CONSTRUCTED COLUMBUS

Very excited about a Columbus Day themed piece that I got into The Nation. Rather than rehash the fact that Columbus was a bastard – which I think is fairly well established at this point, or at least there is a substantial quantity of content out there that makes that point well – I wanted to look at how and why Columbus became a Thing in the first place. There certainly is no obvious reason we should celebrate him. He was Italian, he sailed on behalf of Spain, and he landed in the Dominican Republic and Bahamas. And Europeans were known even in his day to have seen or set foot in North America before he did.

The politics of the American revolution and some bad historiography are largely to blame, and I get to throw in a bunch of historical arcana along the way. Which is kind of my favorite thing to do.

So, enjoy. There were considerable efforts to present this as a "Columbus was a prick" piece for reasons of internet appeal, but I am happy with the extent to which the things that make it unique and interesting were preserved.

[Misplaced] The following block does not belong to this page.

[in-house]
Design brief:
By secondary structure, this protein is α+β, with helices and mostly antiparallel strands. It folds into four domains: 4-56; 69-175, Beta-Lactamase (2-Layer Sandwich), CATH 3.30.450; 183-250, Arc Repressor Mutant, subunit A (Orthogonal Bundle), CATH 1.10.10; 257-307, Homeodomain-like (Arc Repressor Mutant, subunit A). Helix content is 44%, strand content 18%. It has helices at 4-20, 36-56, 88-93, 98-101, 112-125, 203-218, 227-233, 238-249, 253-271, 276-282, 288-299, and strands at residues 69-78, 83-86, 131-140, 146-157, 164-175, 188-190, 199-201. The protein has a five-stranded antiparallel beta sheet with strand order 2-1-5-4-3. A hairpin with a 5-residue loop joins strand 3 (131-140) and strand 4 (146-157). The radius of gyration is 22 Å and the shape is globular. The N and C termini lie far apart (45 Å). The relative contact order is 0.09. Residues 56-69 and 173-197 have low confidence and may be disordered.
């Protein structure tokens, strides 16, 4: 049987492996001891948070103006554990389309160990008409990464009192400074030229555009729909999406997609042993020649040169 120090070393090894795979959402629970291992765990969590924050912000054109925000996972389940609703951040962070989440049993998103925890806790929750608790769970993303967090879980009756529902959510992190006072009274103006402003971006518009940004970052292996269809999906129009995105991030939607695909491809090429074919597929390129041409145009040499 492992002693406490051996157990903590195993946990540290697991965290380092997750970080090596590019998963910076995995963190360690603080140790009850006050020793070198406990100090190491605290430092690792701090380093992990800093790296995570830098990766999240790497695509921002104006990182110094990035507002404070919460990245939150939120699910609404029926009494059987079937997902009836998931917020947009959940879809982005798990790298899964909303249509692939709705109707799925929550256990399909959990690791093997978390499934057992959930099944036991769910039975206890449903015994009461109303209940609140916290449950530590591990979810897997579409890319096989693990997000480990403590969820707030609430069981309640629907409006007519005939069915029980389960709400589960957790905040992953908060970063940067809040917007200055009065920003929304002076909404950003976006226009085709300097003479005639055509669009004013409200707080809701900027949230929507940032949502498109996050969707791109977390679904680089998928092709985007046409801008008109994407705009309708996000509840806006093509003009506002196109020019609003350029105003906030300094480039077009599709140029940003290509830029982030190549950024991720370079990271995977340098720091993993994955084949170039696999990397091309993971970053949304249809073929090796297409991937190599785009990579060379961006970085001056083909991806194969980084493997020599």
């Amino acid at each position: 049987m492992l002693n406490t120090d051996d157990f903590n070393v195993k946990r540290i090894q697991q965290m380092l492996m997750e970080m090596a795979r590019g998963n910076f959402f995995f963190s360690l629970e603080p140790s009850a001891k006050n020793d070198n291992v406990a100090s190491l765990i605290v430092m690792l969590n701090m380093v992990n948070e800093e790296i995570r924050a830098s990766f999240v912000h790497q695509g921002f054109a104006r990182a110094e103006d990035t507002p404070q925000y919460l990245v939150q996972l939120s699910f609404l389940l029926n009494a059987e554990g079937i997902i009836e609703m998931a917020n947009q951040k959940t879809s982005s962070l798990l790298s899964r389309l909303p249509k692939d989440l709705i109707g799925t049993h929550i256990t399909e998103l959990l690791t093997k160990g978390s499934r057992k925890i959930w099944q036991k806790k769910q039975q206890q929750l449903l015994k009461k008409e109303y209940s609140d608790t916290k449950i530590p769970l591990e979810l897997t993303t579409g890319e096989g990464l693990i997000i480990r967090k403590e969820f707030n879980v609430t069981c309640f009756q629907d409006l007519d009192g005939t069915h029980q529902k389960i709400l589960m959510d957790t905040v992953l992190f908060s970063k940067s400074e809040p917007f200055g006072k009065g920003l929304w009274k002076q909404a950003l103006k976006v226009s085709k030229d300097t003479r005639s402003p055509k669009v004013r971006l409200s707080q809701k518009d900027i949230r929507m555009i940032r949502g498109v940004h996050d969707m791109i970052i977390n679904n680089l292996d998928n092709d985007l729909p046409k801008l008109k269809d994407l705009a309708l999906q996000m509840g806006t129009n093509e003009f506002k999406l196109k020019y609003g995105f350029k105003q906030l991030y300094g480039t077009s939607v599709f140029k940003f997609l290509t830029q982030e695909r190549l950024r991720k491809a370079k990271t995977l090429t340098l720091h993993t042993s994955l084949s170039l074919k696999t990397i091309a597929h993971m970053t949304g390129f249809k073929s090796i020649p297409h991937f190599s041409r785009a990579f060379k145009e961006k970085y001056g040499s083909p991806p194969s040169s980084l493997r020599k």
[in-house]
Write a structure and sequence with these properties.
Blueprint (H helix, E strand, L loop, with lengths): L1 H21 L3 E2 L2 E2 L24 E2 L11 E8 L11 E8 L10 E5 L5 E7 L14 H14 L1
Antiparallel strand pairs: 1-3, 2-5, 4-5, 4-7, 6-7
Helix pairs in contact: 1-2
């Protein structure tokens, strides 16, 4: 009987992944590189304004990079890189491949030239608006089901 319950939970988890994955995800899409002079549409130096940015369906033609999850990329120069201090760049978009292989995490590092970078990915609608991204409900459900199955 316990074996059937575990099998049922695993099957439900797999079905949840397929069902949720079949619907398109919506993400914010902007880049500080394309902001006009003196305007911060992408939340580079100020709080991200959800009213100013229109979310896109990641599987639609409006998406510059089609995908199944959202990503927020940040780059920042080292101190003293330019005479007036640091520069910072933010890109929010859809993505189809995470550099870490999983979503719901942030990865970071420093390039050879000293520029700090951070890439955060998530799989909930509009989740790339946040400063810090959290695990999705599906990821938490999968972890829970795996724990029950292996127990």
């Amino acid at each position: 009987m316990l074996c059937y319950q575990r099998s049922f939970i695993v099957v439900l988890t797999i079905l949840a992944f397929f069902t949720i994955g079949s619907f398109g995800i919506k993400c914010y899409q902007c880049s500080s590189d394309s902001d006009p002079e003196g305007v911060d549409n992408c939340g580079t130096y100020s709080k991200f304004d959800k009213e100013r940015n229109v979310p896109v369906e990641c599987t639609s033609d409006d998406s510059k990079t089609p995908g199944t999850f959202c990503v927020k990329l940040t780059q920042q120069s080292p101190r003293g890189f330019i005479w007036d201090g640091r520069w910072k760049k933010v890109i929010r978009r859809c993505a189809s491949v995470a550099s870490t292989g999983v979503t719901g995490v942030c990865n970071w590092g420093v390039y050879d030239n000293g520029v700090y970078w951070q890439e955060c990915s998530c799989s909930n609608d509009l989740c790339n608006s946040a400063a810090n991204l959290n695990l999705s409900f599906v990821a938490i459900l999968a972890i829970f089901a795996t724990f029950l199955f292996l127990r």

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23 Responses to “CONSTRUCTED COLUMBUS”

  1. mago Says:

    Nice work Ed. Your essay is an extension of factoids and insights expressed here in previous posts and the elaboration is appreciated. Glad you're hitting the big time or at least moving toward it.
    I've said it here and elsewhere before but am known for repetition so yeah, Columbus was a colossal dick.
    Thanks Ed.

  2. Pretzelogic in Philly, PA Says:

    "…using Columbus as a national metaphor feels dated and naive…"

    Really? Maybe not in the ways some of us have long wished to. On the other hand:

    "…a man for whom casual killing was a leisure activity…"

    "Rather than celebrate what he did achieve, admit that fortune had something to do with his success, or recognize the horrors he wrought, he unapologetically defended himself and blamed any suggestion of failure or incompetence on others…"

    In some ways (ways many of us are still uncomfortable contemplating) still seems pretty spot on.

    ;-(

  3. errg Says: